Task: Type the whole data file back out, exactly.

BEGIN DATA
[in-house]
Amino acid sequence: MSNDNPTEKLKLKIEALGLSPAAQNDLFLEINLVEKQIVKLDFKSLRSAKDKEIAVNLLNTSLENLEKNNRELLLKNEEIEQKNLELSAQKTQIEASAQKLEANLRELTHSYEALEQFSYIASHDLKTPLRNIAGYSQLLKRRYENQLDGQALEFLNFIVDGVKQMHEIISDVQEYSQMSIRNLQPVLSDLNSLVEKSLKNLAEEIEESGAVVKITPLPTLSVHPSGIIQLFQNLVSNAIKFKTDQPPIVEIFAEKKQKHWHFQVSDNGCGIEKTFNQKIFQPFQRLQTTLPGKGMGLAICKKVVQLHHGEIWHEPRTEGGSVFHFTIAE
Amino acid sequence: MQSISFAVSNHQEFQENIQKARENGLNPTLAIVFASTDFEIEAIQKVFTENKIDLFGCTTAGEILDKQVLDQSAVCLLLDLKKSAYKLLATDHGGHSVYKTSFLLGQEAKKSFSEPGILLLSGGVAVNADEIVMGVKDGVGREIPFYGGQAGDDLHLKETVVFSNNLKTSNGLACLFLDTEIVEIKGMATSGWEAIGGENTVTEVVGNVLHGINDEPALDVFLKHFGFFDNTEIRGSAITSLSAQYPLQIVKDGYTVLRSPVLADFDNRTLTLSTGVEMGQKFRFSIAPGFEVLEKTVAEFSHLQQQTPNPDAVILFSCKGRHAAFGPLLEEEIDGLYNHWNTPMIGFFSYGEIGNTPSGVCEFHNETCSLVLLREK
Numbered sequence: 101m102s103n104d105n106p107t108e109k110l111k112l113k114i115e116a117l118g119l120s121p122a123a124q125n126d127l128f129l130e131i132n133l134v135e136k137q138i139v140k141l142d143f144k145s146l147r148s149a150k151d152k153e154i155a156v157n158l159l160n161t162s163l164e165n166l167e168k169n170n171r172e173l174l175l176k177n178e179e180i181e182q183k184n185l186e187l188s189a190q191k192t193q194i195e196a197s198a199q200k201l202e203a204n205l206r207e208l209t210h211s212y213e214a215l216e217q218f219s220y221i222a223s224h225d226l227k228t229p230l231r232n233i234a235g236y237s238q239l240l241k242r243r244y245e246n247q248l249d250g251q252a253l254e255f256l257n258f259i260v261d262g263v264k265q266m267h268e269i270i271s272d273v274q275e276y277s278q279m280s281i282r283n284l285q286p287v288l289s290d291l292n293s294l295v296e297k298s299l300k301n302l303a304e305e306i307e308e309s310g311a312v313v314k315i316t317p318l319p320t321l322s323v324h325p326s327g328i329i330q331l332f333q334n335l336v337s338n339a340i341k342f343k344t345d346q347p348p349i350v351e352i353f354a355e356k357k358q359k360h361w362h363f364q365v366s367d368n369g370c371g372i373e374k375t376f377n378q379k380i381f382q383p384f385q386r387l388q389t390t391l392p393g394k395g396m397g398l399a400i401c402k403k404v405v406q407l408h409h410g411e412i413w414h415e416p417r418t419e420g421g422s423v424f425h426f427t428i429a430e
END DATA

[in-house]
Amino acid sequence: MSNDNPTEKLKLKIEALGLSPAAQNDLFLEINLVEKQIVKLDFKSLRSAKDKEIAVNLLNTSLENLEKNNRELLLKNEEIEQKNLELSAQKTQIEASAQKLEANLRELTHSYEALEQFSYIASHDLKTPLRNIAGYSQLLKRRYENQLDGQALEFLNFIVDGVKQMHEIISDVQEYSQMSIRNLQPVLSDLNSLVEKSLKNLAEEIEESGAVVKITPLPTLSVHPSGIIQLFQNLVSNAIKFKTDQPPIVEIFAEKKQKHWHFQVSDNGCGIEKTFNQKIFQPFQRLQTTLPGKGMGLAICKKVVQLHHGEIWHEPRTEGGSVFHFTIAE
Amino acid sequence: MQSISFAVSNHQEFQENIQKARENGLNPTLAIVFASTDFEIEAIQKVFTENKIDLFGCTTAGEILDKQVLDQSAVCLLLDLKKSAYKLLATDHGGHSVYKTSFLLGQEAKKSFSEPGILLLSGGVAVNADEIVMGVKDGVGREIPFYGGQAGDDLHLKETVVFSNNLKTSNGLACLFLDTEIVEIKGMATSGWEAIGGENTVTEVVGNVLHGINDEPALDVFLKHFGFFDNTEIRGSAITSLSAQYPLQIVKDGYTVLRSPVLADFDNRTLTLSTGVEMGQKFRFSIAPGFEVLEKTVAEFSHLQQQTPNPDAVILFSCKGRHAAFGPLLEEEIDGLYNHWNTPMIGFFSYGEIGNTPSGVCEFHNETCSLVLLREK
Numbered sequence: 101m102s103n104d105n106p107t108e109k110l111k112l113k114i115e116a117l118g119l120s121p122a123a124q125n126d127l128f129l130e131i132n133l134v135e136k137q138i139v140k141l142d143f144k145s146l147r148s149a150k151d152k153e154i155a156v157n158l159l160n161t162s163l164e165n166l167e168k169n170n171r172e173l174l175l176k177n178e179e180i181e182q183k184n185l186e187l188s189a190q191k192t193q194i195e196a197s198a199q200k201l202e203a204n205l206r207e208l209t210h211s212y213e214a215l216e217q218f219s220y221i222a223s224h225d226l227k228t229p230l231r232n233i234a235g236y237s238q239l240l241k242r243r244y245e246n247q248l249d250g251q252a253l254e255f256l257n258f259i260v261d262g263v264k265q266m267h268e269i270i271s272d273v274q275e276y277s278q279m280s281i282r283n284l285q286p287v288l289s290d291l292n293s294l295v296e297k298s299l300k301n302l303a304e305e306i307e308e309s310g311a312v313v314k315i316t317p318l319p320t321l322s323v324h325p326s327g328i329i330q331l332f333q334n335l336v337s338n339a340i341k342f343k344t345d346q347p348p349i350v351e352i353f354a355e356k357k358q359k360h361w362h363f364q365v366s367d368n369g370c371g372i373e374k375t376f377n378q379k380i381f382q383p384f385q386r387l388q389t390t391l392p393g394k395g396m397g398l399a400i401c402k403k404v405v406q407l408h409h410g411e412i413w414h415e416p417r418t419e420g421g422s423v424f425h426f427t428i429a430e